Cannabis is a herbaceous plant belonging to the Cannabaceae family. Its height varies from 1.5 to over 2 meters, depending on the species or variety. The leaves are palmate, consisting of lanceolate lobes with serrated margins. Hemp plants are dioecious and unisexual flowers grow on individuals of different sexes.
It is believed that cannabis was widely used in Greek medicine at that time. In addition, cannabis fiber was widely used in the ancient Greek and Roman world for the production of textiles and ropes, the latter especially for ships.
However, the recreational use of cannabis in antiquity seems to have been rather limited. The philosopher Democritus described a mixture of wine, cannabis and myrrh in about 460 BC, to which he attributed hallucinatory and visionary states.
Cannabis is described by Dioscorides in his pharmacopoeia “De Materia Medica” in these terms:
“Cannabis is a plant of considerable use in this life for weaving very strong ropes. It has foul-smelling leaves similar to those of ash trees, long hollow stems, and a round seed. When eaten in large quantities, it calms conception. The herb (crushed when green) is useful for earaches. It is also called cannabium, schoenostrophon, or asterion; the Romans called it cannabis.
Cannabis sylvestris has small stems similar to those of althea [3-163], but darker, pointed, and smaller. The leaves are similar to those of the cultivated plant, but more pointed and darker. The reddish flowers are similar to those of lychnis [3-114, 3-115], while the seeds and root are similar to those of althea. The root (boiled and applied) can relieve inflammation, dissolve edema, and dissolve hardened material around joints. The bark of this plant can be used to weave ropes. It is also called hydrastina, the Romans call it terminalis, and some call it cannabis.”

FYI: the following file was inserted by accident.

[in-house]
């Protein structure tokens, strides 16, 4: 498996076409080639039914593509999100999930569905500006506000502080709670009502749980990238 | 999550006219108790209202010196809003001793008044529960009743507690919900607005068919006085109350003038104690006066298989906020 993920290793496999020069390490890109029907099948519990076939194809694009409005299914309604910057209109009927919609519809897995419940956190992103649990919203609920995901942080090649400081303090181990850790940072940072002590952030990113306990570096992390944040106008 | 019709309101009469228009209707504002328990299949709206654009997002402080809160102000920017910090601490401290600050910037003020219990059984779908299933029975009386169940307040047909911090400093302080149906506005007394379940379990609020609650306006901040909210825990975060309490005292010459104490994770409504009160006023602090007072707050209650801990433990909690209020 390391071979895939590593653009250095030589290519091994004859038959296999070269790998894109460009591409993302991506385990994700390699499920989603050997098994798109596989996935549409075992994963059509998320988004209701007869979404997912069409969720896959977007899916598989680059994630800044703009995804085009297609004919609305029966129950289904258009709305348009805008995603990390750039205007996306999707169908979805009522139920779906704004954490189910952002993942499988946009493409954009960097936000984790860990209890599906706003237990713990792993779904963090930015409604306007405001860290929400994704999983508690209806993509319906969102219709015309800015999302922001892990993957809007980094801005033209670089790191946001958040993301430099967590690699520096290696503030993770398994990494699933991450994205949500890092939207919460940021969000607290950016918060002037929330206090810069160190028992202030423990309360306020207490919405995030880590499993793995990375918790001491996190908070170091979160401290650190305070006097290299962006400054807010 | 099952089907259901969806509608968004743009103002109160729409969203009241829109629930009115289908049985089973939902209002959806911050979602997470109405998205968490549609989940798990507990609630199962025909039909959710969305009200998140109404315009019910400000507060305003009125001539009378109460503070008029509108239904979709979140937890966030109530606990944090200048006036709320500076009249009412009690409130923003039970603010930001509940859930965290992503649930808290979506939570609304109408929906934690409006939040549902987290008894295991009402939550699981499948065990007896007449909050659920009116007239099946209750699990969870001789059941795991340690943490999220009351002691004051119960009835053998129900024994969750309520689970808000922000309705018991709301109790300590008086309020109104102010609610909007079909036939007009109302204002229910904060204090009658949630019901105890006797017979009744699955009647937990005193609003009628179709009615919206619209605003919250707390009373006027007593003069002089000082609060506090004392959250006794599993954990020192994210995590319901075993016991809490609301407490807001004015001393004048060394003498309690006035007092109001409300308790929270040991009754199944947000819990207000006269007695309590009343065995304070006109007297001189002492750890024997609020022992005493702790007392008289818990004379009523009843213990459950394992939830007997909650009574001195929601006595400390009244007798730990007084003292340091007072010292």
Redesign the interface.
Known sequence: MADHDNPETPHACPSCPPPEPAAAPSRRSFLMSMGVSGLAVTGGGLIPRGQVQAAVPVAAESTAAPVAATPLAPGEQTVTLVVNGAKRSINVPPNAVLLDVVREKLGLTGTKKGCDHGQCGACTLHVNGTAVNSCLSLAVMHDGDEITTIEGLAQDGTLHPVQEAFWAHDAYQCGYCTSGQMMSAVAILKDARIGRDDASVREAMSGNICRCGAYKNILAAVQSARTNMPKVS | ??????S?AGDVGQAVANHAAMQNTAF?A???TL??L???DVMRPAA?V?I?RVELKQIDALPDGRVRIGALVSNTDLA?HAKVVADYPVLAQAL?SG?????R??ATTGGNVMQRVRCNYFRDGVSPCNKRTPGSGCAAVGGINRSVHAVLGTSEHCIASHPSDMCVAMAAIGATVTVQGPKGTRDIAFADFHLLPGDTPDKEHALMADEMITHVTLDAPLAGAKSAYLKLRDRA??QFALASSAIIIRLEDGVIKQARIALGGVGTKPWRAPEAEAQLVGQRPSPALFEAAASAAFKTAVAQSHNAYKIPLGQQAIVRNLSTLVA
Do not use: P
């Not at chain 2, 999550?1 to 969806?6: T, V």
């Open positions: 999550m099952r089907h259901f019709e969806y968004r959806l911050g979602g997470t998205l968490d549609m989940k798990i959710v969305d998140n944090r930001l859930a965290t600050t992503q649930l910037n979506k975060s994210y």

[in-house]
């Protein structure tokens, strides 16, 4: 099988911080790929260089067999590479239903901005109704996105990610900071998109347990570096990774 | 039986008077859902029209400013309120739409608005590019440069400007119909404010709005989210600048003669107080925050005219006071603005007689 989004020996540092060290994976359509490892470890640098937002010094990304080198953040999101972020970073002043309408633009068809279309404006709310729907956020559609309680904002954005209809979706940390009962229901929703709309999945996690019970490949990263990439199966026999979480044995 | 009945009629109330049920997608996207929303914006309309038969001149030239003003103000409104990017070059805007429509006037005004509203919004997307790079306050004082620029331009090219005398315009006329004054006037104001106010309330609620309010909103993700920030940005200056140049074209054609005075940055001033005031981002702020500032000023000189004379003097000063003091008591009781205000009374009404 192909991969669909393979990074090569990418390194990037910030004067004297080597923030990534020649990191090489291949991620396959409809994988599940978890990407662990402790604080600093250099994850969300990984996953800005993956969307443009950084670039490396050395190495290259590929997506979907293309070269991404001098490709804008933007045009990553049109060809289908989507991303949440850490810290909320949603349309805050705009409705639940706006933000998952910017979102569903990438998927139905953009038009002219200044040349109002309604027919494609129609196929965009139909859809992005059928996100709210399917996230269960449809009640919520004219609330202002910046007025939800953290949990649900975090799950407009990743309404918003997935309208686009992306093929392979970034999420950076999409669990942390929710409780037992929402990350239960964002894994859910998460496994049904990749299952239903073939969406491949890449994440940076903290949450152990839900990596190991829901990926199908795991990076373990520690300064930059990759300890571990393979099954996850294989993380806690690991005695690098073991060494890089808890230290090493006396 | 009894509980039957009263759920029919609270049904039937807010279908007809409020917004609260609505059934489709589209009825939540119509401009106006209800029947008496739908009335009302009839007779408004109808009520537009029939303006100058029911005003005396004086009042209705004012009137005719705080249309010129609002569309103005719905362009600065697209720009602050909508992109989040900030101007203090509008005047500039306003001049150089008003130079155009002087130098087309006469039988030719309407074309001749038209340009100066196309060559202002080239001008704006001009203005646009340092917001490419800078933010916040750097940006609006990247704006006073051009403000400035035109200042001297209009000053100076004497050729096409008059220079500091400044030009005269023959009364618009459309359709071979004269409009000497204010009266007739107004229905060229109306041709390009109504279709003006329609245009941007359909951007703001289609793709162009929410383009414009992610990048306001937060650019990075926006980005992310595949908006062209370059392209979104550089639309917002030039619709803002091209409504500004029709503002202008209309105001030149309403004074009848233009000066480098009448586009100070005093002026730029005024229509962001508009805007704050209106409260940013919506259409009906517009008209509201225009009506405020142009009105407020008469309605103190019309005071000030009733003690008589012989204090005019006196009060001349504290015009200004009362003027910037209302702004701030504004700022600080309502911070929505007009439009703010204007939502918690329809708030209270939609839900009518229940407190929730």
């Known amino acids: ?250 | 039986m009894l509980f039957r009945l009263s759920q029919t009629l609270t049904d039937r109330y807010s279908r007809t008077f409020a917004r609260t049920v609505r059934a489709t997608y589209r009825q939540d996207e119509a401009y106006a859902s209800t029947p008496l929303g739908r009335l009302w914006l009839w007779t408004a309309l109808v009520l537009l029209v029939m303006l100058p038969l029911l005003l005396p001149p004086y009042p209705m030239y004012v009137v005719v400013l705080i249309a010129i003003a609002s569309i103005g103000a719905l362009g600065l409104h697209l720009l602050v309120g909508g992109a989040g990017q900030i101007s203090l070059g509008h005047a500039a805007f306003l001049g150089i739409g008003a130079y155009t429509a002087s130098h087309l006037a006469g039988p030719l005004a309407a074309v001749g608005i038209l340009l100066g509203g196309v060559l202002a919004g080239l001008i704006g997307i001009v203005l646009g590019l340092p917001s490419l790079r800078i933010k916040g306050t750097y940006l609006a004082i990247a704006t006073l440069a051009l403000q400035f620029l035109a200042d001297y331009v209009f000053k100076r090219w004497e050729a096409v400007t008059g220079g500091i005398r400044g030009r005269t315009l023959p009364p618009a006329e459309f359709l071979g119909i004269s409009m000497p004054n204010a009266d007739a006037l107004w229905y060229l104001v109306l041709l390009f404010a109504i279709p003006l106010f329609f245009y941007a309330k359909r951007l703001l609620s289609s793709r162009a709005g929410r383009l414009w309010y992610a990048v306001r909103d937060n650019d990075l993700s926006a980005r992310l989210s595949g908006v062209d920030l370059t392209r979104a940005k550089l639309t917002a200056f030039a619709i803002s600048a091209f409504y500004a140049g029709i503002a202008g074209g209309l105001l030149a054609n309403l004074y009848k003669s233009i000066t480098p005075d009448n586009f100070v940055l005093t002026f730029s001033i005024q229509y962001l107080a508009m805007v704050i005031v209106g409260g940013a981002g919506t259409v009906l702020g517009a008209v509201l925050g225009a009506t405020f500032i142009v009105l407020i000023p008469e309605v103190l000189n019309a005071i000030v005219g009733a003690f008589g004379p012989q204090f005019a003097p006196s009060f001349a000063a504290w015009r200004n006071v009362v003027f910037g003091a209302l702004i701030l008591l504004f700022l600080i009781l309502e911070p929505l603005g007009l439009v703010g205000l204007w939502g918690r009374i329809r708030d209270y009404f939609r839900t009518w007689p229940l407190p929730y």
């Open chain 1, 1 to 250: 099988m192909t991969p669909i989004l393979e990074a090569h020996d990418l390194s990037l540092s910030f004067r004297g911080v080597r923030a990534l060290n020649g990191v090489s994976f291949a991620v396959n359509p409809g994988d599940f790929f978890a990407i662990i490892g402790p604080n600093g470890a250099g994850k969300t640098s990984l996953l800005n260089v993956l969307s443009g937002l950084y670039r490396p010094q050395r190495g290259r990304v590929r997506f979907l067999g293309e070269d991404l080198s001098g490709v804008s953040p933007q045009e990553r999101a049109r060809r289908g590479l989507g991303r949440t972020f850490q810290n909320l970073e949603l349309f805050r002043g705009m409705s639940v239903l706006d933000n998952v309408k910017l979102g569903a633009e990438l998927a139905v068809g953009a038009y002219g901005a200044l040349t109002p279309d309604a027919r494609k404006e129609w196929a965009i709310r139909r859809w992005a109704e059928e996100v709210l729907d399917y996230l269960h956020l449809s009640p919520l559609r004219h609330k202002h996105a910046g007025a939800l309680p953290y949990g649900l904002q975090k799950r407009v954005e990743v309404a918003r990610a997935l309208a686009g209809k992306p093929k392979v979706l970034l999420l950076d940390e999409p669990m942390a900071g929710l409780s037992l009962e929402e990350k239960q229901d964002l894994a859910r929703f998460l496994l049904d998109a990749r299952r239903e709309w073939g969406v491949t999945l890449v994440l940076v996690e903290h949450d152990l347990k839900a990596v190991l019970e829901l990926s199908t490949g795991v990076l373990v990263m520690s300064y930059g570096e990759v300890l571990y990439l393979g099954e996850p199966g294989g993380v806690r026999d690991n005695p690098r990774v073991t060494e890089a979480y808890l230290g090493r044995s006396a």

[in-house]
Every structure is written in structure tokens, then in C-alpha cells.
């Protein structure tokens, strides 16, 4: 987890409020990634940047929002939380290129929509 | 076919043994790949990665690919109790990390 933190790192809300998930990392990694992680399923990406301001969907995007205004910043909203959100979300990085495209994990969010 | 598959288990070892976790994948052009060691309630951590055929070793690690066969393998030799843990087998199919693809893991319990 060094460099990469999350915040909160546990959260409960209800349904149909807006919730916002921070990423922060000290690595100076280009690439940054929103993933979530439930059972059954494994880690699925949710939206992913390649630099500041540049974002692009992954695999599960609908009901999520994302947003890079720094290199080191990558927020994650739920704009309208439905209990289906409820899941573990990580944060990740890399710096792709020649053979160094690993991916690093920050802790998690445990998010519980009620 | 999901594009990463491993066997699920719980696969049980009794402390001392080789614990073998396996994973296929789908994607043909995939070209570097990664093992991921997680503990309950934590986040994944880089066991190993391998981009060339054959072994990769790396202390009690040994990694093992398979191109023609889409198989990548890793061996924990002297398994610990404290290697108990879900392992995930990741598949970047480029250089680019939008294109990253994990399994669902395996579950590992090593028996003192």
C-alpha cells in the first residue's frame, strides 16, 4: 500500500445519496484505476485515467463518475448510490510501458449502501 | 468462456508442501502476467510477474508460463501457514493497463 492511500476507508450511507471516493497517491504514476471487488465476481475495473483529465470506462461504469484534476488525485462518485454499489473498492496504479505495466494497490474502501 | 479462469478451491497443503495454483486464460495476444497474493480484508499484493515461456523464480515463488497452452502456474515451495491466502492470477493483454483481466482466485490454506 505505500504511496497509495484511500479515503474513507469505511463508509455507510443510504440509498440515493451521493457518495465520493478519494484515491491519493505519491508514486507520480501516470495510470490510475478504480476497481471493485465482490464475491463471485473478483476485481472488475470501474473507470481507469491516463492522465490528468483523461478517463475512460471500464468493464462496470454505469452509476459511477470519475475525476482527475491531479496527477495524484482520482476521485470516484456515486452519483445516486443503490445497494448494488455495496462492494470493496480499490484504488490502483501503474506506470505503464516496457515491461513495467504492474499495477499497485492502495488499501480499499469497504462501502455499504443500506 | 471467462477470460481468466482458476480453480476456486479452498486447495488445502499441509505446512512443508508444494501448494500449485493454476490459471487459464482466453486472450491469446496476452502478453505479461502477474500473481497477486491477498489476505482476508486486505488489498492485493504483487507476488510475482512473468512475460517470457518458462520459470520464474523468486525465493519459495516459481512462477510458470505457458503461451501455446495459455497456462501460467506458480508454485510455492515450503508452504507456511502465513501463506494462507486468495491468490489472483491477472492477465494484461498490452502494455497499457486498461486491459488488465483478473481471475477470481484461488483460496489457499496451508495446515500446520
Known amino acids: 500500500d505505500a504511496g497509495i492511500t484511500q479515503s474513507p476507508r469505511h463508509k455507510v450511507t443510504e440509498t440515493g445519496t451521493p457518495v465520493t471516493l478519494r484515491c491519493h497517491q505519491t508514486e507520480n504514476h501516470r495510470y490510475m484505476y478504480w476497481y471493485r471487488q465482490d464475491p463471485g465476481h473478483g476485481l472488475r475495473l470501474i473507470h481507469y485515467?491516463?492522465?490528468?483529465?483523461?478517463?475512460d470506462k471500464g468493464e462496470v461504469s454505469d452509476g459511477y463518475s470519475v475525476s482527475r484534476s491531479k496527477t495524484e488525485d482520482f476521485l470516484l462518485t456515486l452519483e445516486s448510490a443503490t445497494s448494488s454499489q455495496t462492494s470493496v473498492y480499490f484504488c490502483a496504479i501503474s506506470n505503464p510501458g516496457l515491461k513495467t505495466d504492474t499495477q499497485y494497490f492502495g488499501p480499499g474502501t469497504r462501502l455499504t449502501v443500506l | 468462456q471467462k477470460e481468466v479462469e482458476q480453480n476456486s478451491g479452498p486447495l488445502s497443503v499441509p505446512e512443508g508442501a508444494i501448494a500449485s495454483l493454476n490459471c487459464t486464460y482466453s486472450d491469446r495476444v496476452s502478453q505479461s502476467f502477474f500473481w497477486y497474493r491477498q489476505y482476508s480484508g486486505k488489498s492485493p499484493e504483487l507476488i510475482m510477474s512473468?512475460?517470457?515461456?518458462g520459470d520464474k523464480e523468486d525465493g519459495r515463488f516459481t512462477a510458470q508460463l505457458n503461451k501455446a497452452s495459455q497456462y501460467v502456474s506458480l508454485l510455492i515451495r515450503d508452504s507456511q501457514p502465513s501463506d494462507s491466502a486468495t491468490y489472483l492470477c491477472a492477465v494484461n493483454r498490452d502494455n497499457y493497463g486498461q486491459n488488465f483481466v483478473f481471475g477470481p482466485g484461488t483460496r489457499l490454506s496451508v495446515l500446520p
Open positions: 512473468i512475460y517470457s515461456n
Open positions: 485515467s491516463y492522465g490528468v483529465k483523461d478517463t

Cannabis sativa has a long history of use as a fiber and seed crop in China, and its seeds and other plant parts have been recorded in Chinese medical texts for nearly 2,000 years. Although the main applications of cannabis in Chinese medicine focus on the use of the seeds, often used as a laxative, ancient indications for the female inflorescence and other parts of the plant include conditions such as pain and mental illness, which are the subject of current cannabinoid research.
In Ayurvedic medicine, Cannabis sativa was recommended against phlegm and diarrhea, as an aphrodisiac, and for the treatment of pain.
Hemp seeds have a pleasant nutty flavor and are a valuable source of essential amino acids, fatty acids, minerals, vitamin E (alpha, delta and gamma tocopherols) and fiber. Hemp seeds also contain important phytochemicals such as phytosterols and antioxidant polyphenols. In addition, hemp seeds contain small amounts of cannabidiolic acid, a precannabinoid that has anti-inflammatory and antimicrobial activity.
Cannabis sativa seed meal contains approximately 30% oil, which is high in total polyunsaturated fatty acids (PUFAs) (>70%) and alpha-linolenic acid (ALA) (11%-20%). The oil has a high ratio of unsaturated to saturated fatty acids and a near perfect balance of omega-3 and omega-6 fatty acids as required for a healthy diet.
Such an optimal balance of omega-3 and omega-6 polyunsaturated fatty acids promotes memory. In addition, a diet rich in polyunsaturated fatty acids helps maintain healthy central and peripheral metabolism, brain plasticity, memory and learning, blood flow, and neuronal genesis.
In patients with atopic dermatitis, the use of food-grade hemp oil caused significant changes in the plasma fatty acid profile, increasing the levels of essential fatty acids, linoleic acid, and alpha-linolenic acid, and improving the clinical symptoms of atopic dermatitis.